Therefore, the decline in money velocity when there are very high levels of debt to GDP should not be surprising. Moreover, as debt levels increase so does the risk that it will be unable to generate the income stream required to pay principal and interest.

Unintended Consequences

The relentless Fed purchasing of massive amounts of securities has produced no positive economic developments but has had significant negative, unintended consequences. For example, resource allocation in the banking system can be affected. Banks have a limited amount of capital with which to take risks with their portfolio. With this capital, they have two broad options. First, they can confine their portfolio to their historical lower risk role of commercial banking operations – the making of loans and standard investments. However, with interest rates at extremely low levels the profit potential from such endeavors is minimal.

Second, they can allocate resources to their proprietary trading desks to engage in leveraged financial or commodity market speculation. By their very nature these activities are potentially far more profitable, but also much riskier. Therefore, when resources are allocated to the riskier alternative in the face of limited bank capital , fewer resources are available for traditional lending. This deprives the economy of the funds needed for economic growth even though the banks may be able to temporarily improve their earnings by aggressive risk taking.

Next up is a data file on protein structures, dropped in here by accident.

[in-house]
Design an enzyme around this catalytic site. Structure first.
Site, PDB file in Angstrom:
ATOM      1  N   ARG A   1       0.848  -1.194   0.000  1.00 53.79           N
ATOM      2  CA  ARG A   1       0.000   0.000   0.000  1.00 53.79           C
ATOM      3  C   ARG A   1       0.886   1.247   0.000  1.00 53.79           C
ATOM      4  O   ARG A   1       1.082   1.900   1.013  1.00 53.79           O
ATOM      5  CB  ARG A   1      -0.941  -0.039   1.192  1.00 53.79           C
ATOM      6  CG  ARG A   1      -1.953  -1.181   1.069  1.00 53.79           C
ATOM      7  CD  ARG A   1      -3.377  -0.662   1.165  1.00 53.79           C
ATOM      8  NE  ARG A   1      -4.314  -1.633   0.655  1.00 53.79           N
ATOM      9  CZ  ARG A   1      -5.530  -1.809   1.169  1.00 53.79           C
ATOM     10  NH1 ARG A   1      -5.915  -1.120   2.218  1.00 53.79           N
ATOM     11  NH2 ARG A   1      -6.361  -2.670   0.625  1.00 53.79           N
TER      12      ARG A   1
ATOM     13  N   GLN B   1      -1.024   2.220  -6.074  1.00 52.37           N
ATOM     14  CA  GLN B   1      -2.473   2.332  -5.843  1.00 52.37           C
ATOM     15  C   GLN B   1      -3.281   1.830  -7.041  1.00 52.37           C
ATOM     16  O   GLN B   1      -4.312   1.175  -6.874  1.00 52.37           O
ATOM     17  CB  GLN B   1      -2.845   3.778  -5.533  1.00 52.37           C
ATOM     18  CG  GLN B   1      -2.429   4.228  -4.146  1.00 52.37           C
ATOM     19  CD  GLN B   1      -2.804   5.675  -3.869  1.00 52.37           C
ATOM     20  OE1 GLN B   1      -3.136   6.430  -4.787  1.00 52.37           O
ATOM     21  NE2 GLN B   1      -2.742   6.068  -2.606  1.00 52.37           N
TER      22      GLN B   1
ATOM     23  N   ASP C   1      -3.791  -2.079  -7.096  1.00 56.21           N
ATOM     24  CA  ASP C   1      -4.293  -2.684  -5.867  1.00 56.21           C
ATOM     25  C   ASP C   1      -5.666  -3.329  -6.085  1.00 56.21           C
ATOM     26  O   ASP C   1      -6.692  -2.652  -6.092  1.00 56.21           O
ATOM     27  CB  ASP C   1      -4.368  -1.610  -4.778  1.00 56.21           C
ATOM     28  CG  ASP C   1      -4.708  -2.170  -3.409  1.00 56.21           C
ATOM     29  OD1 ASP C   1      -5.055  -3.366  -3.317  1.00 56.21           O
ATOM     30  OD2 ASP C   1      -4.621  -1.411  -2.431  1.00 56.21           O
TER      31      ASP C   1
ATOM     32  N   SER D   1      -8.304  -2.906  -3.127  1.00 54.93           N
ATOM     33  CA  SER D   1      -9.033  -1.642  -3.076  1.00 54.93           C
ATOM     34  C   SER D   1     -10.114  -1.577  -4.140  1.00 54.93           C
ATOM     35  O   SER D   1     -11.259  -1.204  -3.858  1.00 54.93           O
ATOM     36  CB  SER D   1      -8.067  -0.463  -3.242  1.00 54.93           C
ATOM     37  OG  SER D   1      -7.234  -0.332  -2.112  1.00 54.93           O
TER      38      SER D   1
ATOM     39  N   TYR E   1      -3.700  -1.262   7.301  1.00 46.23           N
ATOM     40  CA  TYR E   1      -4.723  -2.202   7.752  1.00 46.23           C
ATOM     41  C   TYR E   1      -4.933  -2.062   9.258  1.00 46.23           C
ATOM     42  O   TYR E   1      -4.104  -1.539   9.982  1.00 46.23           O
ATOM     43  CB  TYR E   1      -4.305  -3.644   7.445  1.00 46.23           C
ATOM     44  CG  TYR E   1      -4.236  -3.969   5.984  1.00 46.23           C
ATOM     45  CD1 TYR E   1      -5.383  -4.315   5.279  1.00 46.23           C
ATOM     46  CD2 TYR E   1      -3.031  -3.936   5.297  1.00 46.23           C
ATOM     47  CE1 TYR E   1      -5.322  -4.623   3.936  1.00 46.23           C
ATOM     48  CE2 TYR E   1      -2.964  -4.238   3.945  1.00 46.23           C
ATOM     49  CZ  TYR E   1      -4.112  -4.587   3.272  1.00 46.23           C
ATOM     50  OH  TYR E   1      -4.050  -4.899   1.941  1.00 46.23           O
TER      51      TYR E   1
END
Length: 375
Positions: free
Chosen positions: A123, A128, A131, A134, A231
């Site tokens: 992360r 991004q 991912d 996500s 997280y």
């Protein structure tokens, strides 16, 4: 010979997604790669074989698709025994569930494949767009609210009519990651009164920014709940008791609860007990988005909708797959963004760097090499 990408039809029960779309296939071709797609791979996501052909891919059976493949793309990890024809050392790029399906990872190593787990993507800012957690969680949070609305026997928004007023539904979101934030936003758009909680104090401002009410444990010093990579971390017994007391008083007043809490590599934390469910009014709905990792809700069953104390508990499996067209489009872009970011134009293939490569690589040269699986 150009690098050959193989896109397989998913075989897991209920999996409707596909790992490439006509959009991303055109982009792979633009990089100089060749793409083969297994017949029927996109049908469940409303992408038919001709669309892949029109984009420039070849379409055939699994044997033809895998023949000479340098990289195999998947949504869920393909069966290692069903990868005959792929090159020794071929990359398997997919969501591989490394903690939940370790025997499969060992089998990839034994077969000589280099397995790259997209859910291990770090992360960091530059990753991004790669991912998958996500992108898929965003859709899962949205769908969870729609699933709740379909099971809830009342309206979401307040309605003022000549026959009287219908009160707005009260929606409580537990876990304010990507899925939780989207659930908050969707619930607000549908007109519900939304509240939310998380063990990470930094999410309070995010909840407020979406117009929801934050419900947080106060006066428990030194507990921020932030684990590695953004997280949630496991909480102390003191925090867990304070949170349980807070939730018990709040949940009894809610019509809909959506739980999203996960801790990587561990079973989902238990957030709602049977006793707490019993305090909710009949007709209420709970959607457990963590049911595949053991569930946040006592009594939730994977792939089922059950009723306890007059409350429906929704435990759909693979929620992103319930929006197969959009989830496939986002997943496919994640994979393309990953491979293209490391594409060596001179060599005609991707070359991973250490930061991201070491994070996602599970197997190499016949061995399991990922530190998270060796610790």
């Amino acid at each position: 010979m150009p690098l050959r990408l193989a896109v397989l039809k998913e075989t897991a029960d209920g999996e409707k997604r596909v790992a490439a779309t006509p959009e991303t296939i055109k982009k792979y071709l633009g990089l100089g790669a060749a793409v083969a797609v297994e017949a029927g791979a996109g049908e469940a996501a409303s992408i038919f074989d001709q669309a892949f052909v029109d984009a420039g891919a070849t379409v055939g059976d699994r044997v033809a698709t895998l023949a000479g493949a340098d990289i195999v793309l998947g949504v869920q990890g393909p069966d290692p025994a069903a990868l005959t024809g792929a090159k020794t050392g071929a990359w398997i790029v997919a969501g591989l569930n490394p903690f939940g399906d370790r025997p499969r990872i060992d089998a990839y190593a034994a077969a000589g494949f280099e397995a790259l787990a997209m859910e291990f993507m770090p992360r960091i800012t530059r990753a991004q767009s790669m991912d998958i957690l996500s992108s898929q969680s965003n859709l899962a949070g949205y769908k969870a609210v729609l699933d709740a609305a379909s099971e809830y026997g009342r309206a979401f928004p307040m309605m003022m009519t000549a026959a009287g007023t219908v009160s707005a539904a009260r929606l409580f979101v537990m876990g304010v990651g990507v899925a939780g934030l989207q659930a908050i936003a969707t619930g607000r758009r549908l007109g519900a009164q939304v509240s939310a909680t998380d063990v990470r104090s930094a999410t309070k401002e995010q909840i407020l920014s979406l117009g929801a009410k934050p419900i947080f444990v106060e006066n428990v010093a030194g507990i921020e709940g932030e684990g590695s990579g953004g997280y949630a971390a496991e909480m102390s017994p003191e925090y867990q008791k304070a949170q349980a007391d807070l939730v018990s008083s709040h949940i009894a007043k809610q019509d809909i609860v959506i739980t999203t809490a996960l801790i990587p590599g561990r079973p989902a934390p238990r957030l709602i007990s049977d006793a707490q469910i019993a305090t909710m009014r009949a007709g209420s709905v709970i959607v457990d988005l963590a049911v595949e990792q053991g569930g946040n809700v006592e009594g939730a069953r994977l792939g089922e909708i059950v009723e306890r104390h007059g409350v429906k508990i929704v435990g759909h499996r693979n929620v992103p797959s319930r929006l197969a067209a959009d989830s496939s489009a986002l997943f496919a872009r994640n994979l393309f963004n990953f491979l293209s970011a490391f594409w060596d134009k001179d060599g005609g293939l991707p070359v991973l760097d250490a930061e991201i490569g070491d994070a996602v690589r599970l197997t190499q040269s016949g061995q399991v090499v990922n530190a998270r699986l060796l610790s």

Perversely, confirming the point made by Dr. Hall, a rise in stock prices generated by excess reserves may deprive, rather than supply, funds needed for economic growth.

Determining with certainty whether funds are being deprived is difficult, but a visible piece of evidence confirms that this is occurring. This factor is the unprecedented downward trend in the money multiplier. The money multiplier is the link between the monetary base (high-powered money) and the money supply (M2). The money multiplier is calculated by dividing the base into M2. Today, the monetary base is $3.5 trillion, and M2 stands at $10.8 trillion. By dividing the monetary base into M2, the money multiplier is 3.1. In 2008, prior to the Fed's massive expansion of the monetary base, the money multiplier stood at 9.3, meaning that $1 of base supported $9.30 of M2.